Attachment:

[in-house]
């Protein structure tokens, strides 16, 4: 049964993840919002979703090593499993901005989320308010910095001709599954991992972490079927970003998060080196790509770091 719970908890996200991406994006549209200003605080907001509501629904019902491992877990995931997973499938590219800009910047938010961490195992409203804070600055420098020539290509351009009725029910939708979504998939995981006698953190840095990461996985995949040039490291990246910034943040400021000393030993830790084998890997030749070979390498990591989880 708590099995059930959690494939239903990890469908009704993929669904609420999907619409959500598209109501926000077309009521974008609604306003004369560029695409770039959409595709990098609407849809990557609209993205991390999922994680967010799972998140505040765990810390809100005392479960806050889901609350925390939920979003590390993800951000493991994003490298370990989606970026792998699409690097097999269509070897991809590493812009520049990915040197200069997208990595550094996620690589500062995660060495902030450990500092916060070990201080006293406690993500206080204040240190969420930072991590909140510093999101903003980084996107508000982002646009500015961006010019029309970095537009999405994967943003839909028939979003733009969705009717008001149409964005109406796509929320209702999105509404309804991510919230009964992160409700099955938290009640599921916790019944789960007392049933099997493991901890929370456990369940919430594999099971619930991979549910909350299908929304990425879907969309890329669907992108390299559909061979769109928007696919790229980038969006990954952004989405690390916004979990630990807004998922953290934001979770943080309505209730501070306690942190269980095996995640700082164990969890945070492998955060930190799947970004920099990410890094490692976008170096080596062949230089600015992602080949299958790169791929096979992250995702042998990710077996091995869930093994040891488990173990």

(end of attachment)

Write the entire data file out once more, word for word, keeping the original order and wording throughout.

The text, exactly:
[in-house]
């Protein structure tokens, strides 16, 4: 049964993840919002979703090593499993901005989320308010910095001709599954991992972490079927970003998060080196790509770091 719970908890996200991406994006549209200003605080907001509501629904019902491992877990995931997973499938590219800009910047938010961490195992409203804070600055420098020539290509351009009725029910939708979504998939995981006698953190840095990461996985995949040039490291990246910034943040400021000393030993830790084998890997030749070979390498990591989880 708590099995059930959690494939239903990890469908009704993929669904609420999907619409959500598209109501926000077309009521974008609604306003004369560029695409770039959409595709990098609407849809990557609209993205991390999922994680967010799972998140505040765990810390809100005392479960806050889901609350925390939920979003590390993800951000493991994003490298370990989606970026792998699409690097097999269509070897991809590493812009520049990915040197200069997208990595550094996620690589500062995660060495902030450990500092916060070990201080006293406690993500206080204040240190969420930072991590909140510093999101903003980084996107508000982002646009500015961006010019029309970095537009999405994967943003839909028939979003733009969705009717008001149409964005109406796509929320209702999105509404309804991510919230009964992160409700099955938290009640599921916790019944789960007392049933099997493991901890929370456990369940919430594999099971619930991979549910909350299908929304990425879907969309890329669907992108390299559909061979769109928007696919790229980038969006990954952004989405690390916004979990630990807004998922953290934001979770943080309505209730501070306690942190269980095996995640700082164990969890945070492998955060930190799947970004920099990410890094490692976008170096080596062949230089600015992602080949299958790169791929096979992250995702042998990710077996091995869930093994040891488990173990």